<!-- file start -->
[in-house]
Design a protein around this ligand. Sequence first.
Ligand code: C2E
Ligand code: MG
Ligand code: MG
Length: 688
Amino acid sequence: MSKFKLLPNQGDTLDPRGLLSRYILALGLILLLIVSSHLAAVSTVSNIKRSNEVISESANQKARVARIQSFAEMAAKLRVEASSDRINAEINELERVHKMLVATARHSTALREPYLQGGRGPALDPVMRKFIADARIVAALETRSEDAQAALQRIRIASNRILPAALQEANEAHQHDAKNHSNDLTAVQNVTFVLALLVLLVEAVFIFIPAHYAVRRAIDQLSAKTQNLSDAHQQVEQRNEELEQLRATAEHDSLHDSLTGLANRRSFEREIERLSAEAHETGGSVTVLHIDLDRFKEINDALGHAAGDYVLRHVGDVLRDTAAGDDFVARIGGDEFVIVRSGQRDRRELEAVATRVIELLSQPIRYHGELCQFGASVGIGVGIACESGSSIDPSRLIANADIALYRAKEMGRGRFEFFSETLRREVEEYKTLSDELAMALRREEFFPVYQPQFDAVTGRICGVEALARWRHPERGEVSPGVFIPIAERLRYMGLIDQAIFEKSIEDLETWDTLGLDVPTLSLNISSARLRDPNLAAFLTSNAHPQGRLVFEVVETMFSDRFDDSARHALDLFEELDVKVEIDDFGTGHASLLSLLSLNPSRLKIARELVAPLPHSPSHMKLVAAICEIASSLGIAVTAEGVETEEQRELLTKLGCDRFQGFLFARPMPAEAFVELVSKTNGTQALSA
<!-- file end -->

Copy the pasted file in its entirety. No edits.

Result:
[in-house]
Design a protein around this ligand. Sequence first.
Ligand code: C2E
Ligand code: MG
Ligand code: MG
Length: 688
Amino acid sequence: MSKFKLLPNQGDTLDPRGLLSRYILALGLILLLIVSSHLAAVSTVSNIKRSNEVISESANQKARVARIQSFAEMAAKLRVEASSDRINAEINELERVHKMLVATARHSTALREPYLQGGRGPALDPVMRKFIADARIVAALETRSEDAQAALQRIRIASNRILPAALQEANEAHQHDAKNHSNDLTAVQNVTFVLALLVLLVEAVFIFIPAHYAVRRAIDQLSAKTQNLSDAHQQVEQRNEELEQLRATAEHDSLHDSLTGLANRRSFEREIERLSAEAHETGGSVTVLHIDLDRFKEINDALGHAAGDYVLRHVGDVLRDTAAGDDFVARIGGDEFVIVRSGQRDRRELEAVATRVIELLSQPIRYHGELCQFGASVGIGVGIACESGSSIDPSRLIANADIALYRAKEMGRGRFEFFSETLRREVEEYKTLSDELAMALRREEFFPVYQPQFDAVTGRICGVEALARWRHPERGEVSPGVFIPIAERLRYMGLIDQAIFEKSIEDLETWDTLGLDVPTLSLNISSARLRDPNLAAFLTSNAHPQGRLVFEVVETMFSDRFDDSARHALDLFEELDVKVEIDDFGTGHASLLSLLSLNPSRLKIARELVAPLPHSPSHMKLVAAICEIASSLGIAVTAEGVETEEQRELLTKLGCDRFQGFLFARPMPAEAFVELVSKTNGTQALSA